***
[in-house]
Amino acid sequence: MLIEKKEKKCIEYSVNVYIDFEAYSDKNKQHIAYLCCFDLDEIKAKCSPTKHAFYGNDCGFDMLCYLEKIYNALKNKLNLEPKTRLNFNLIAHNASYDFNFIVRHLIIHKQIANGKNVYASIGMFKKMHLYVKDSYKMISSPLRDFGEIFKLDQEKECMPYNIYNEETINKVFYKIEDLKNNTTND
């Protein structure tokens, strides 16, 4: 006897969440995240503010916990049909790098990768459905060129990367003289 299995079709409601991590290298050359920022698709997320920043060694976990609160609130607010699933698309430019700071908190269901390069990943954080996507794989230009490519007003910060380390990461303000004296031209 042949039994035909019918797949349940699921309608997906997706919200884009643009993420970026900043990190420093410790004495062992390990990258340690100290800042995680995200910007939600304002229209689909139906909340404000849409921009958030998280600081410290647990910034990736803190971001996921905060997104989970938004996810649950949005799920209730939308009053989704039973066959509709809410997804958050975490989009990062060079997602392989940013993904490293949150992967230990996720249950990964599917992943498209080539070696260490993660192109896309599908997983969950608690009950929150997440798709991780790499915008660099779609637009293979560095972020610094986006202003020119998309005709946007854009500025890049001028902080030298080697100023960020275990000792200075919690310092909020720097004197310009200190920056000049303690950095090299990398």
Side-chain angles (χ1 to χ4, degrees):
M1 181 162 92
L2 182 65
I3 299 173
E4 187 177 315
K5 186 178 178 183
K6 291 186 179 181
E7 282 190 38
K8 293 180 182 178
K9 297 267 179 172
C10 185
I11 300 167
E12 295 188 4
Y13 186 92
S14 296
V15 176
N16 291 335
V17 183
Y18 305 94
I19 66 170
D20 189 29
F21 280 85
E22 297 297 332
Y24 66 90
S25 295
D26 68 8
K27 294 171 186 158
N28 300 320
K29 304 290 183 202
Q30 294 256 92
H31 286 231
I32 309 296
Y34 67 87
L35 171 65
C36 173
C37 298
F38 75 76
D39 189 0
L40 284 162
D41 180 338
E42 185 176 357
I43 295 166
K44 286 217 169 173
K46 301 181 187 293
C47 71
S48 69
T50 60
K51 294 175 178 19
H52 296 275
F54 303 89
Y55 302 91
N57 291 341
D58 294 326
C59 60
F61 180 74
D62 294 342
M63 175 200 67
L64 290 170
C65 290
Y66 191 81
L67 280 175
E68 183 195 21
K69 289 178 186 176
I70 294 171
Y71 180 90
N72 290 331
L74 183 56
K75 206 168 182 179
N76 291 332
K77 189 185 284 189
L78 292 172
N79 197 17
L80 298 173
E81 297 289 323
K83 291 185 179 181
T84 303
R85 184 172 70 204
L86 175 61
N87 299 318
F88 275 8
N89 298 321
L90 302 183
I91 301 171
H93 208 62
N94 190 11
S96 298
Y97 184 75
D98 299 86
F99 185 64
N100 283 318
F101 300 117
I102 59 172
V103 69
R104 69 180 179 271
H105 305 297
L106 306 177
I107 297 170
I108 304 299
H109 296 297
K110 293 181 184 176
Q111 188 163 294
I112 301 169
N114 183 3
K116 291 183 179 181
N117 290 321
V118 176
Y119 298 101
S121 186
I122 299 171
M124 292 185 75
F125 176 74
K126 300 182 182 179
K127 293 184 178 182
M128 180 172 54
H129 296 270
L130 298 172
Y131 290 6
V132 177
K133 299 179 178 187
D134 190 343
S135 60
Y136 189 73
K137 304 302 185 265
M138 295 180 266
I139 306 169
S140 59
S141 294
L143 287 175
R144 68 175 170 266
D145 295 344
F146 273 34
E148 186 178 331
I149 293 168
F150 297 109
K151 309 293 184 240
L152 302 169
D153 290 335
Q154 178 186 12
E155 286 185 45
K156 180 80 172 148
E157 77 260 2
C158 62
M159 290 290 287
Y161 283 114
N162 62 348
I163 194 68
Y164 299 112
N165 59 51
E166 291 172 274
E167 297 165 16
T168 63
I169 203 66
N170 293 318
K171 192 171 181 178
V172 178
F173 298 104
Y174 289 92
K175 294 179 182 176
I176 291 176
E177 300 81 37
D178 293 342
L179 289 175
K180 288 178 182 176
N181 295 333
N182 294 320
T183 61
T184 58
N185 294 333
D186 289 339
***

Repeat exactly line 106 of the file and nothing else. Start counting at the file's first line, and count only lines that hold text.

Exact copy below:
N114 183 3